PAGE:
How Do You Control Pests Aside From Pest Control? 3 Ways

When you cross pest control off the list, you raise the following question: how do you control pests aside from pest control. This guide will give you the alternatives you are searching all over the Internet. 


how do you control pests aside from pest control

Alternative Pest Control Methods

Before anything else, for those who are not that knowledgeable in pest control, this guide tackles how pest control is done. However, alternative pest control should be differentiated from organic pest control

Despite the fact that pesticide use has become widespread over the world, various innovative pest management approaches are being developed. 

These non-traditional pest control approaches are intended to reduce pest populations while also preserving the environment and human welfare.

Biological control, mechanical control, and cultural control are the most prevalent alternative pest management strategies. A complicated management approach termed as integrated pest management has been created in addition to these individual pest control methods.


1. Biological control

Biological control, in which natural predators of the pest are brought to prey on or parasitize the bug, is a popular alternative strategy for pest control. Farmers who use this strategy obtain natural pest predators and release them onto their areas so that the predators can control the insect population.

In addition to predators that will eat the pests, parasites of the pest can be introduced, which will infest the pest and cause injury or even death. The instance of the braconid wasp and hornworm caterpillars is an example of successful biological control. 

Many crops’ leaves were being eaten by hornworm caterpillars, therefore wasps were established to regulate the hornworm population. Caterpillars are parasitized by wasps. 

They release their eggs in the body of the caterpillar. The wasp larvae hatch, feed on the caterpillar, and eventually kill the caterpillar. 

The wasps are able to diminish the hornworm population while boosting their own population using this biological control strategy. Biological controls can be beneficial, but they can also be harmful to the environment. 

Biological control organisms can occasionally take over an area and harm non-pest organisms. Unfortunately, biological control organisms are nearly tough to eradicate once they have been introduced into the ecosystem. 

It’s likely that if they behave differently than planned, they’ll cause greater harm than the pesticides they’re designed to replace.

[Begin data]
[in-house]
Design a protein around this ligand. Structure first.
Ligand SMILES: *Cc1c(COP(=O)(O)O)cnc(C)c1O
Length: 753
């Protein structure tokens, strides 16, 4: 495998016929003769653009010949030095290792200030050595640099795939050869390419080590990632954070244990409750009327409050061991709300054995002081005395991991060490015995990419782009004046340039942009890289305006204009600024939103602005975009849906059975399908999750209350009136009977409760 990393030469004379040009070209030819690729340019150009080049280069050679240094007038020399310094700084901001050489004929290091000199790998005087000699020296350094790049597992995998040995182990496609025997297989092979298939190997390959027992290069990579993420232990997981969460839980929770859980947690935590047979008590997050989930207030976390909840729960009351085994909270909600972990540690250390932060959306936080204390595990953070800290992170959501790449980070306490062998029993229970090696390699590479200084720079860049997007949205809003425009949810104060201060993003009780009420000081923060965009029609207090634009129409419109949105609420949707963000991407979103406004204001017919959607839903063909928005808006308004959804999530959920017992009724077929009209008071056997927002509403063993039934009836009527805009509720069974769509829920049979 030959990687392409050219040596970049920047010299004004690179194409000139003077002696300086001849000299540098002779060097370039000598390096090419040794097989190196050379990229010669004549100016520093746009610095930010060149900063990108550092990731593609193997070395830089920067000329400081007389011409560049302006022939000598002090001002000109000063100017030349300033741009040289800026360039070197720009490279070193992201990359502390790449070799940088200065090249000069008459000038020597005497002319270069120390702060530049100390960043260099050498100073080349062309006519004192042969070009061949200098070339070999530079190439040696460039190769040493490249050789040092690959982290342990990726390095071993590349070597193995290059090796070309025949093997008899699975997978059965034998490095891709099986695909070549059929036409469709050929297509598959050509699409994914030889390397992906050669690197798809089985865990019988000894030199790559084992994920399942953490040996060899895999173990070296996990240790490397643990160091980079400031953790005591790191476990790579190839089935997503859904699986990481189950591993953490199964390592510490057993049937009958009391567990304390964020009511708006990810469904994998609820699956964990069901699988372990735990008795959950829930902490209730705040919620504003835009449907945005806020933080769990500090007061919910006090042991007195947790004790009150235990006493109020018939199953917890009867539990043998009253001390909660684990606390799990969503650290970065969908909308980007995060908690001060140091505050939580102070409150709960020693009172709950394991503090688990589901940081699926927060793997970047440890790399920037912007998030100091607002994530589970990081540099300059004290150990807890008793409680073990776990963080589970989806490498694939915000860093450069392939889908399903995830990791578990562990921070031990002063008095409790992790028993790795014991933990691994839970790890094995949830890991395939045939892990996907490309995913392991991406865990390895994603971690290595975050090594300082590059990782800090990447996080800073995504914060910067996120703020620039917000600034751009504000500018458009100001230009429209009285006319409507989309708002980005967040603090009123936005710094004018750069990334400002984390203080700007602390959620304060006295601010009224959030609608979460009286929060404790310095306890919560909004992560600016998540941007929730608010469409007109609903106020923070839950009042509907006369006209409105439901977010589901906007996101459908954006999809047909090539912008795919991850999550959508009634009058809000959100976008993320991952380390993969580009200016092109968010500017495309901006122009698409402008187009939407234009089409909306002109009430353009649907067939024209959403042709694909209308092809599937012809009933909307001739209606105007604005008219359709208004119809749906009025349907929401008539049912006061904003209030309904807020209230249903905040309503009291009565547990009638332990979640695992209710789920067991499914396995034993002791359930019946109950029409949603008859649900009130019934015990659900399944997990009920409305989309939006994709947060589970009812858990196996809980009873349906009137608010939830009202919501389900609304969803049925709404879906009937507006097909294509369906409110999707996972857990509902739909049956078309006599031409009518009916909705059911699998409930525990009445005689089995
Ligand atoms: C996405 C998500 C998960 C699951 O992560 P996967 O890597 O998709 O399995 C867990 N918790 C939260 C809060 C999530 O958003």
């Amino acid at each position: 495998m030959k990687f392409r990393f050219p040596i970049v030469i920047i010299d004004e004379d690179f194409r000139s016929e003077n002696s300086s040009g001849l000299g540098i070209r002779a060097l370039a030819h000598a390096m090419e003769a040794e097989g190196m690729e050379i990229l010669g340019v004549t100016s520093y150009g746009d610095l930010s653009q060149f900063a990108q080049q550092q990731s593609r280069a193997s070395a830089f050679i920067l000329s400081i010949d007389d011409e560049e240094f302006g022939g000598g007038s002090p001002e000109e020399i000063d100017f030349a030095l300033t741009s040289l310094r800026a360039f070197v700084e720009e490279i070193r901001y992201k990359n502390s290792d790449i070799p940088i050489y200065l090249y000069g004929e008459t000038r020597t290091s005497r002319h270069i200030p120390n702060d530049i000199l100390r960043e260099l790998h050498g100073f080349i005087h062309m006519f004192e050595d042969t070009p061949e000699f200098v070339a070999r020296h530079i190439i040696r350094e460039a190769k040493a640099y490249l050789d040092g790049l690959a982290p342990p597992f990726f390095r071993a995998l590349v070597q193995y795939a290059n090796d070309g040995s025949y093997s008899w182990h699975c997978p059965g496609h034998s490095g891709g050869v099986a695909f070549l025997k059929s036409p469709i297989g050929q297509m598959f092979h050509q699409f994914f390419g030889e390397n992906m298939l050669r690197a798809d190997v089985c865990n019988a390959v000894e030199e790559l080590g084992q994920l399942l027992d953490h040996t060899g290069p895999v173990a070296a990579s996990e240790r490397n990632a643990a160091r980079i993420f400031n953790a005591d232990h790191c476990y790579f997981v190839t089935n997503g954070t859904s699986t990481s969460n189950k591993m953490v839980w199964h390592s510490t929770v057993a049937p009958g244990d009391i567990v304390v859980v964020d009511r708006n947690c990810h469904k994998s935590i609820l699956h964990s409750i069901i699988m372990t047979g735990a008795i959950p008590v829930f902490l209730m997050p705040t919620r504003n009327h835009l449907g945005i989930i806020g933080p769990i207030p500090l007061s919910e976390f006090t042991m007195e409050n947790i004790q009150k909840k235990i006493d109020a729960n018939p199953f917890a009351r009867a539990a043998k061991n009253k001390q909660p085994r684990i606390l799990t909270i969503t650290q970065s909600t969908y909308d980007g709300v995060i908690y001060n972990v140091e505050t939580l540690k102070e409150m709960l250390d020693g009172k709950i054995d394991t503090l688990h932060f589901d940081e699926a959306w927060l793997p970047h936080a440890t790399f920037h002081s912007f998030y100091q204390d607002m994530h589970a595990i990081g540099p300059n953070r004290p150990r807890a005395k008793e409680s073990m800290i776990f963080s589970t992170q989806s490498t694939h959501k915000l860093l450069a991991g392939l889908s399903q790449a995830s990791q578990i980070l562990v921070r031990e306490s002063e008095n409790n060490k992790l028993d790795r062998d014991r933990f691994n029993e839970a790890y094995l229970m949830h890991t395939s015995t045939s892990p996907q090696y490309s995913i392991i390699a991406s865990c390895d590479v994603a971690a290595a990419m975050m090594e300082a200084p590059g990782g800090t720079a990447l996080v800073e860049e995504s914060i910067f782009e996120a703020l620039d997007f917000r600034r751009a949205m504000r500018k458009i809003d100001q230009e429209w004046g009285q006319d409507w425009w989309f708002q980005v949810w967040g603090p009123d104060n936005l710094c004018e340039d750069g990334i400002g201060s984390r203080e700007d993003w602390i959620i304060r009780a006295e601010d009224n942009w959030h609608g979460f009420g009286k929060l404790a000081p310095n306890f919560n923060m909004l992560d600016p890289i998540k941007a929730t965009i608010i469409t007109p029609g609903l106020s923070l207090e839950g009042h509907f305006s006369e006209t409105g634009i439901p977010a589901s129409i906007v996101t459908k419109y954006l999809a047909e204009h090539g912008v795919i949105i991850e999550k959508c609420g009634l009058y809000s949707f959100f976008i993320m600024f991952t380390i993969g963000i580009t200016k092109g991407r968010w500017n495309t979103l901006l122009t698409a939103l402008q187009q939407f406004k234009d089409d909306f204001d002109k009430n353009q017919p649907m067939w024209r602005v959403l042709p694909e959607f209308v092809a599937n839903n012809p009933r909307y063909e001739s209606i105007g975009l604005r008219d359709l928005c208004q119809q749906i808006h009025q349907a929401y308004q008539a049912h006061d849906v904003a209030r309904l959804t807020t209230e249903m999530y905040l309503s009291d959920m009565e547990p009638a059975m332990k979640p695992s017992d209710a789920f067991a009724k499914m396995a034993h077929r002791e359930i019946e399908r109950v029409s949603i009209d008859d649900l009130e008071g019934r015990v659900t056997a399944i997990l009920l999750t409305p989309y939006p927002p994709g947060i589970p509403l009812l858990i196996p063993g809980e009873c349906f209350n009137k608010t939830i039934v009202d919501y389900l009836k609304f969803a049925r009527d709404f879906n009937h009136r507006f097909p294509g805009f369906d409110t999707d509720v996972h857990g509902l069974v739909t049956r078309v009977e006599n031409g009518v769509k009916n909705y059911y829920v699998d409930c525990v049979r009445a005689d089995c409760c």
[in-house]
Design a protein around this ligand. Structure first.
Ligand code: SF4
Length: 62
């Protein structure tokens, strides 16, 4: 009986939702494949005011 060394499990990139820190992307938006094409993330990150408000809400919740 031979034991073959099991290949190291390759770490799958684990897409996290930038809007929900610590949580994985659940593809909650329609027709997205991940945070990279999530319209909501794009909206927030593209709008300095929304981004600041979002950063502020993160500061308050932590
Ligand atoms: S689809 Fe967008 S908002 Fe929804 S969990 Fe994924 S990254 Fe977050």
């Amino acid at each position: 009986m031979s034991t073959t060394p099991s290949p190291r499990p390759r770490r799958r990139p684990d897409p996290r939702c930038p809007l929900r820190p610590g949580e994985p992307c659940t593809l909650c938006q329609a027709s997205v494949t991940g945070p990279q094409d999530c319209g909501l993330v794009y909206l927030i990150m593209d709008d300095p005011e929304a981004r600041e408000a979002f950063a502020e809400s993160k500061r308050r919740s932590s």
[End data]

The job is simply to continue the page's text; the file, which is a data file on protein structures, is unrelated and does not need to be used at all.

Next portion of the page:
2. Mechanical control

Controlling pests, such as weeds, insects, and illnesses, is essential for ensuring healthy crops. Pest management can take a variety of forms, including preventing pest invasion in the first place, optimum activity time, crop rotation, mechanical control tactics, and even supporting natural pest enemies.

The ways in which one could achieve this is categorized below. 

  • Enhancing crop tolerance

    Provide crops with adequate nutrients and water, as well as soil variables that promote early establishment and vigorous development, to increase pest tolerance. Choose pest-resistant crop variants that are appropriate to the growth season and hardiness of the state’s various regions.

    To improve crop competitiveness with weeds, limit bug infestations, and control other pest concerns, change the planting dates. Use increased plant population density within required range, narrow row spacing, and choose kinds with dense, quick growth to help crops cope with weeds.

  • Optimizing mechanical control

    Crops having various life cycles, growth patterns, and weed, pest, and disease tolerance should be rotated. To prevent weed reseeding and reduce perennial weed food stocks, mow or till at the right time.

    Harvests should be timed to prevent weed seed generation or to reduce disease and insect mortality.

    Control weed seedlings with crop cultivation and superficial tillage operations. For smaller, extra weed infestations, mow grass by hand or use a hoe.

    When possible, use tillage procedures to bury infected crop waste.


3. Cultural control

The oldest ways for pest management are cultural control approaches, which begin with how you, the producer, run your gardening business. Cultural control strategies, according to many professional horticulturists, are the most crucial for preventing plant disease. 

Before, during, and after your plants have been sown or transplanted, these strategies are targeted at preventing and/or minimizing insects, weeds, and illnesses. 

There are many different types of control strategies in this category, including soil fertility maintenance, companion planting, crop rotation, plant species selection, weeding, pruning procedures, and gear sanitation, to mention a few.

Your motto should be to begin clean, maintain it clean, and finish clean. Ensure your clothing and tools have been completely washed and sanitized before or after a garden activity, especially if you have bug problems in your garden.

Rinse all muck and soil off garden tools with a garden hose and leave to dry. Sanitation of tools is impossible without first clearing all trash from the work surfaces.

Growers have a variety of goods to choose from in the form of primed alternatives from gardening stores, or they can manufacture their own for a fraction of the cost. 



So, how do you control pests aside from pest control? The answers are here and whenever you need a good refresher about the topic, you can always do a quick rereading. 

You will be easily reminded that there are a number of ways on how to beat those little villains. Here’s to a pest-free area!

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